Report 97108 Summary - October 1998

Office of Statewide Health Planning and Development:

The Cal-Mortgage Program Does Not Minimize the State's Financial Risk When Insuring Health Facility Debt


The Cal-Mortgage Loan Insurance Program (Cal-Mortgage) is administered by the Office of Statewide Health Planning and Development (OSHPD). It insures loans for health facility construction in California, including hospitals, primary care clinics, and elderly care facilities. Many of Cal-Mortgage's clients are high-risk borrowers that could not obtain loans without this insurance because their projects are deemed too risky. Accordingly, the likelihood of default for Cal-Mortgage clients is significantly higher than it is for clients of larger, private insurers. When its borrowers default and are unable to continue payment on their debt, Cal-Mortgage must pay off the insured debt. Although the very nature of dealing with high-risk borrowers increases the likelihood of defaults, Cal-Mortgage further increases its risk of client defaults with its ineffectual application process, vague guidelines, and incomplete and inconsistent monitoring.

Our audit revealed that Cal-Mortgage does not adequately screen applicants because it does not adhere to objective guidelines in its application process. It does not use all available information or standard procedures to assess its applicants' financial viability, nor has it established procedures for determining its maximum level of risk when insuring a client. Due to this inadequate process, Cal-Mortgage has insured a number of financially unstable applicants, some of which have defaulted on their loans.

Cal-Mortgage does not consistently require that borrowers submit information about their financial condition, and it does not consistently conduct timely or structured site visits with borrowers. As a result, Cal-Mortgage may have little notice of financial difficulties before a borrower defaults on its debt. Weaknesses in its monitoring include inconsistent methods to oversee borrowers, a lack of formal procedures for this oversight, and insufficient supervision by Cal-Mortgage management.

Moreover, it cannot effectively monitor the risk in the borrower portfolio because the portfolio database is unreliable, contains numerous errors, and is not properly maintained. Finally, because Cal-Mortgage does not have benchmarks or standard criteria for identifying problem borrowers that require executive management intervention, the director of the OSHPD, which oversees this insurance program, may not be fully aware of the risk present in Cal-Mortgage's portfolio.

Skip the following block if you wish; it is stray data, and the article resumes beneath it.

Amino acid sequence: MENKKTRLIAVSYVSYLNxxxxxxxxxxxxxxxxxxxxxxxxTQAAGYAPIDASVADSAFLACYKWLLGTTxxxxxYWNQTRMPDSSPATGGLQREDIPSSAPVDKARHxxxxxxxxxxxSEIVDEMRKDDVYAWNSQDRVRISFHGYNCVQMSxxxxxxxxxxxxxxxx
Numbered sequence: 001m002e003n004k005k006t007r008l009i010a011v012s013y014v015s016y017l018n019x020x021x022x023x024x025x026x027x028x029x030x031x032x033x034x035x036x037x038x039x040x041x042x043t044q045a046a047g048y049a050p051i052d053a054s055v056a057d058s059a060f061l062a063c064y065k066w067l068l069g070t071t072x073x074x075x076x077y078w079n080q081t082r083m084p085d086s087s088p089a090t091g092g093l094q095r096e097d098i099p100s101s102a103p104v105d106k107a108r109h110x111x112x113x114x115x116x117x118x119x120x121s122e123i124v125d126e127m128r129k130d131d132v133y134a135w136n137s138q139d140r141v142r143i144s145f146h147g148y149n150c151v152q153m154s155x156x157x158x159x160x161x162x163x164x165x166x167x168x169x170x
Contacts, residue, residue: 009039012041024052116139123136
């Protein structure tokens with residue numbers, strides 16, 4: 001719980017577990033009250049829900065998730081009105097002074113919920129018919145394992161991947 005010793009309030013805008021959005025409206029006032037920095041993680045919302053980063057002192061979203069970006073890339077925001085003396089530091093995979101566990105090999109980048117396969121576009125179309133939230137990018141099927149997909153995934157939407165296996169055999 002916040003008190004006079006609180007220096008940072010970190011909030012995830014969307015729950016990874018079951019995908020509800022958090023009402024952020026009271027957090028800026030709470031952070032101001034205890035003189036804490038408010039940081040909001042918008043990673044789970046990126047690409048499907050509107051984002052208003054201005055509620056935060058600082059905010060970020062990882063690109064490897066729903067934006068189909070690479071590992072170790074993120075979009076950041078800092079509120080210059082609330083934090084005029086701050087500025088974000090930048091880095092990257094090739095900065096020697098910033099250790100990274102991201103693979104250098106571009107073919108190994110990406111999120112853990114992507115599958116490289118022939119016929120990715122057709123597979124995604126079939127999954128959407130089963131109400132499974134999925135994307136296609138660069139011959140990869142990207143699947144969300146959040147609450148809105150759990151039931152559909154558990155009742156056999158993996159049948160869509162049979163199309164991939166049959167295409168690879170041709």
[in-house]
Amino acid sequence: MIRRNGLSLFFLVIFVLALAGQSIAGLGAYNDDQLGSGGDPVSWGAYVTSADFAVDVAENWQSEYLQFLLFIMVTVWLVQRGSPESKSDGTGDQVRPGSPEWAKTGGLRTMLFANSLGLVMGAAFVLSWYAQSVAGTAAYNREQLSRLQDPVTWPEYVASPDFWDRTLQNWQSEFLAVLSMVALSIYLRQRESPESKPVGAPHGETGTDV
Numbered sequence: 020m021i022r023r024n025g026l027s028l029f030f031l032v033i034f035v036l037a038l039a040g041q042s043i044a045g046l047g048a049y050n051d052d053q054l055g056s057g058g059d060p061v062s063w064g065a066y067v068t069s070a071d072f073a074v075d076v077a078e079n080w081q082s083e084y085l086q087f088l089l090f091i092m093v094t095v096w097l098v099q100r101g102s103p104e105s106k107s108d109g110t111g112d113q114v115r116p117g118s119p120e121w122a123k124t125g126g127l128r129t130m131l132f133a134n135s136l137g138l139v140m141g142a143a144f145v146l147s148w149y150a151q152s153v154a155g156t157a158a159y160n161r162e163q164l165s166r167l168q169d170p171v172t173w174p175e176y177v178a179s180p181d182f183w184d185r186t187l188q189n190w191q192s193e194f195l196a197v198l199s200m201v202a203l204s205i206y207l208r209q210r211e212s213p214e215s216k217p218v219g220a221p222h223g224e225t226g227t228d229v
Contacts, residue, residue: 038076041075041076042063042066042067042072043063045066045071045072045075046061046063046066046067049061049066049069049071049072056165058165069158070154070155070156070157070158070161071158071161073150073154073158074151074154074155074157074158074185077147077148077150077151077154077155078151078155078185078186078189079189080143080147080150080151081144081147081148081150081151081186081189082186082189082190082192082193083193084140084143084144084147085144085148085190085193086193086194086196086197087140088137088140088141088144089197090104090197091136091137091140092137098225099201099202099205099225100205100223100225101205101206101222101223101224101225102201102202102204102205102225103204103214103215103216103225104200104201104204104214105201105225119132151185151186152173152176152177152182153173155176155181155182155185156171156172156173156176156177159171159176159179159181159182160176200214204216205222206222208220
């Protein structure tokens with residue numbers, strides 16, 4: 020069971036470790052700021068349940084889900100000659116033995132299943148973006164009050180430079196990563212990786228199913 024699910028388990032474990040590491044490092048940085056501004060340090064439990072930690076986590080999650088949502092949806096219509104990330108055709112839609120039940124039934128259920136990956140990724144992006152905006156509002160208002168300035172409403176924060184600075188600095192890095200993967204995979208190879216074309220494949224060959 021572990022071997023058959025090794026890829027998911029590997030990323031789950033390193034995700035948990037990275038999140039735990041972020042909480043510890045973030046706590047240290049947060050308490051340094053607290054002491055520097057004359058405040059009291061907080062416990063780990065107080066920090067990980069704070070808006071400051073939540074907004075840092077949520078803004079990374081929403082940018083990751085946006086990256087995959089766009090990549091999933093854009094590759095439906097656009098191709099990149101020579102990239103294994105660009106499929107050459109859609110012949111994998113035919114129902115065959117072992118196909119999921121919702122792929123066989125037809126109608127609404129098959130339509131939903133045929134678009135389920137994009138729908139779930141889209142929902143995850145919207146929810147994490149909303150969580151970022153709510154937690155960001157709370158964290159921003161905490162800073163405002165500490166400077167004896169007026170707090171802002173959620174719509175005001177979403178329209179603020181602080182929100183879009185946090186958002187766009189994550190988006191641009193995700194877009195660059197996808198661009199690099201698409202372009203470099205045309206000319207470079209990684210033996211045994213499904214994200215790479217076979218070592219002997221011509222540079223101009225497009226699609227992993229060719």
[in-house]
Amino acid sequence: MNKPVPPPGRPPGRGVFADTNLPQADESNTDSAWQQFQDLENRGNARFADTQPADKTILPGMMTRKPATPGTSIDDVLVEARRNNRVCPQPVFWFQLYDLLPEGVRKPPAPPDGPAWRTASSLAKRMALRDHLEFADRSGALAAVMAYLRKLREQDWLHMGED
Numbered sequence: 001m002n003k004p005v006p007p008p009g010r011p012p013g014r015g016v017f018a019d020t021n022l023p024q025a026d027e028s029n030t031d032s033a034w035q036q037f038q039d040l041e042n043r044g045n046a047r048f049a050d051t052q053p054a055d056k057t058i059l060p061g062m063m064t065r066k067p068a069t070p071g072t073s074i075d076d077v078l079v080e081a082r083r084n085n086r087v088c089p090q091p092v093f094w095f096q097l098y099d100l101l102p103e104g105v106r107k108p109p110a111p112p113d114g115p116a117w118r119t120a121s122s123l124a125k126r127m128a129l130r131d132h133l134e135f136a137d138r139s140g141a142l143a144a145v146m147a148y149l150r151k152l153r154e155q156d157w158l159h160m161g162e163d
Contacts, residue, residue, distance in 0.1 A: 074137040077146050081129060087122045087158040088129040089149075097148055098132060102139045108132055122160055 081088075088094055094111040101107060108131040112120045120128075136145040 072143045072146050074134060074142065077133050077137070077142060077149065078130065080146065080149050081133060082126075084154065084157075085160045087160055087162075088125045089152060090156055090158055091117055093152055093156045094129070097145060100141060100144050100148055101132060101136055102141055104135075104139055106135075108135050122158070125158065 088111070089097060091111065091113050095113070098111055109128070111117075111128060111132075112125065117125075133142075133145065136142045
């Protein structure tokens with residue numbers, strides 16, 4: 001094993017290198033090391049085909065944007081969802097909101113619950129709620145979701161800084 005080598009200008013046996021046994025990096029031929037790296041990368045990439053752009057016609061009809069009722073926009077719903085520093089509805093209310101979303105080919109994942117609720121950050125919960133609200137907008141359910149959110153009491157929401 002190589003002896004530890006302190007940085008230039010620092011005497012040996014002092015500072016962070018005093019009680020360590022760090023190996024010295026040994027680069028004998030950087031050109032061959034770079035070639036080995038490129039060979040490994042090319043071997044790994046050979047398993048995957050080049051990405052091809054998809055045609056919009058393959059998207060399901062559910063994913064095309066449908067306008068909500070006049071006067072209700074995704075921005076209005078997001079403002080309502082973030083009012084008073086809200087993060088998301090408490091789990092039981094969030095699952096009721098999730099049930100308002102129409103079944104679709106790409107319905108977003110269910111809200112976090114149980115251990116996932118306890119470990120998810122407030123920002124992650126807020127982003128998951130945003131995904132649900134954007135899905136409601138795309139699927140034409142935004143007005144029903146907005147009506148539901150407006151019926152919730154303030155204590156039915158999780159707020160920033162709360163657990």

To improve consistency and minimize the risk of financial loss to the State, Cal-Mortgage should develop a more rigorous process to determine the financial viability of applicants and should define a maximum level of risk that it will accept when insuring a borrower.

The Legislature should consider changing the law to require that Cal-Mortgage develop a maximum level of insurance risk acceptable for loan insurance approval. The new law should ensure that Cal-Mortgage sets the risk level to minimize the potential of loan defaults and the resulting default payments from the Health Facilities Construction Loan Insurance Fund, while still being able to accomplish its statutory mission.

To ensure that Cal-Mortgage adequately oversees its borrowers and is sufficiently warned of those experiencing financial difficulties, it should establish a standard monitoring system for tracking and analyzing borrowers' financial information.

To improve its management information for monitoring and oversight, Cal-Mortgage should periodically review the portfolio database for errors and develop procedures for maintaining and ensuring the integrity of the database.

To ensure that OSHPD management has the information necessary to assess the level of risk in the portfolio, Cal-Mortgage should develop benchmarks and standard criteria for calling an at-risk borrower's financial status to OSHPD's attention.


The Office of Statewide Health Planning and Development generally concurs with our findings and believes it has made considerable progress in implementing most of the recommendations. However, the OSHPD believes that the Cal-Mortgage program has had few defaults and that its historical record would seem to indicate effective management of the program.